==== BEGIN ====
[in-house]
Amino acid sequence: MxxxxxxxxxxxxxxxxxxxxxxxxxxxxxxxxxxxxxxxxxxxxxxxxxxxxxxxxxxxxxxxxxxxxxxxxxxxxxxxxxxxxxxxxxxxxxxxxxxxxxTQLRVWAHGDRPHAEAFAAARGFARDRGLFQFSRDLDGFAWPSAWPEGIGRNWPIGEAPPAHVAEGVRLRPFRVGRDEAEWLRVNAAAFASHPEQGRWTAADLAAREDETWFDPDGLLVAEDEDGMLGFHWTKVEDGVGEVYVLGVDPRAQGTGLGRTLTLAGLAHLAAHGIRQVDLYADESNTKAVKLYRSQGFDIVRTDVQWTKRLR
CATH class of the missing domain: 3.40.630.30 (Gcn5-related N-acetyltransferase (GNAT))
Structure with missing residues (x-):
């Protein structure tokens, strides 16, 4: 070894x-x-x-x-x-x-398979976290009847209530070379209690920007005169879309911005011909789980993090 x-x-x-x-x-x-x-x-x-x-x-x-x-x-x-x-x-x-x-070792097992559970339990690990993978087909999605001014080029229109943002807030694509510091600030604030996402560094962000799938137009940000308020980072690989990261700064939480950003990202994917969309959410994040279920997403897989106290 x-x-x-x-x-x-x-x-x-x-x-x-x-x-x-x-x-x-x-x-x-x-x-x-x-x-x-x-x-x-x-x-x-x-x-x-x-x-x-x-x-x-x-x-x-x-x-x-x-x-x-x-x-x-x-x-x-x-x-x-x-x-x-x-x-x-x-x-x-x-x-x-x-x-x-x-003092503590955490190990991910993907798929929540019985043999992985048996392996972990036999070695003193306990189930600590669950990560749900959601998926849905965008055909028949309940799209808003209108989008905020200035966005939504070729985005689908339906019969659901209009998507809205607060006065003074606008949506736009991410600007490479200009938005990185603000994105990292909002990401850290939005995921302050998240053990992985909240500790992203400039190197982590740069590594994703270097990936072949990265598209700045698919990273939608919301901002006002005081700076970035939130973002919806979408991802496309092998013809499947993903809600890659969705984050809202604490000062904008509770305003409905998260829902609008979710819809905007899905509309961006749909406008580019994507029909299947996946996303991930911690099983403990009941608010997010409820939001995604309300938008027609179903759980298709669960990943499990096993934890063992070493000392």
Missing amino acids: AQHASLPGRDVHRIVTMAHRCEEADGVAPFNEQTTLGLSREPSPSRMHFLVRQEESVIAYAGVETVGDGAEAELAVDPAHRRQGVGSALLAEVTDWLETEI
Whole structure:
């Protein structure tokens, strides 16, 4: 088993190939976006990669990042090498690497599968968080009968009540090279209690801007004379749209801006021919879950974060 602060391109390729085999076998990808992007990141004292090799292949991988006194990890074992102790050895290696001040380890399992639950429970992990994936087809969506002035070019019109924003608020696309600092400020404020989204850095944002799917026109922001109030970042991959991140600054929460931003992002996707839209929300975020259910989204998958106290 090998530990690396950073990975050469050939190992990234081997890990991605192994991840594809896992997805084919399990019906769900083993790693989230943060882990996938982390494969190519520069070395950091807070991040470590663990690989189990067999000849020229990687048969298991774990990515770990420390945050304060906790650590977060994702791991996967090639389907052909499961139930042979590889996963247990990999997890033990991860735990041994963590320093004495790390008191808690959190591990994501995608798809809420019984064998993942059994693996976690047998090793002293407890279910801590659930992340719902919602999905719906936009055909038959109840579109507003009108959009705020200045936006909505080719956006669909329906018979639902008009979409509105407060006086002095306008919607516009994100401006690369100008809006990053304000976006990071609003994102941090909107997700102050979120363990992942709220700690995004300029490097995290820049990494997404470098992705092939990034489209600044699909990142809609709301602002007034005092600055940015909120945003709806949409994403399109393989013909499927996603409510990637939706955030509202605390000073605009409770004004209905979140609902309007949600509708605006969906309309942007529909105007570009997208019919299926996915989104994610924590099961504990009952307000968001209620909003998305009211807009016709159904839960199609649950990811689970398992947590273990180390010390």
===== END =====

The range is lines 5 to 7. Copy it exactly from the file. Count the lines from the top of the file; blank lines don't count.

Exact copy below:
């Protein structure tokens, strides 16, 4: 070894x-x-x-x-x-x-398979976290009847209530070379209690920007005169879309911005011909789980993090 x-x-x-x-x-x-x-x-x-x-x-x-x-x-x-x-x-x-x-070792097992559970339990690990993978087909999605001014080029229109943002807030694509510091600030604030996402560094962000799938137009940000308020980072690989990261700064939480950003990202994917969309959410994040279920997403897989106290 x-x-x-x-x-x-x-x-x-x-x-x-x-x-x-x-x-x-x-x-x-x-x-x-x-x-x-x-x-x-x-x-x-x-x-x-x-x-x-x-x-x-x-x-x-x-x-x-x-x-x-x-x-x-x-x-x-x-x-x-x-x-x-x-x-x-x-x-x-x-x-x-x-x-x-x-003092503590955490190990991910993907798929929540019985043999992985048996392996972990036999070695003193306990189930600590669950990560749900959601998926849905965008055909028949309940799209808003209108989008905020200035966005939504070729985005689908339906019969659901209009998507809205607060006065003074606008949506736009991410600007490479200009938005990185603000994105990292909002990401850290939005995921302050998240053990992985909240500790992203400039190197982590740069590594994703270097990936072949990265598209700045698919990273939608919301901002006002005081700076970035939130973002919806979408991802496309092998013809499947993903809600890659969705984050809202604490000062904008509770305003409905998260829902609008979710819809905007899905509309961006749909406008580019994507029909299947996946996303991930911690099983403990009941608010997010409820939001995604309300938008027609179903759980298709669960990943499990096993934890063992070493000392």
Missing amino acids: AQHASLPGRDVHRIVTMAHRCEEADGVAPFNEQTTLGLSREPSPSRMHFLVRQEESVIAYAGVETVGDGAEAELAVDPAHRRQGVGSALLAEVTDWLETEI
Whole structure: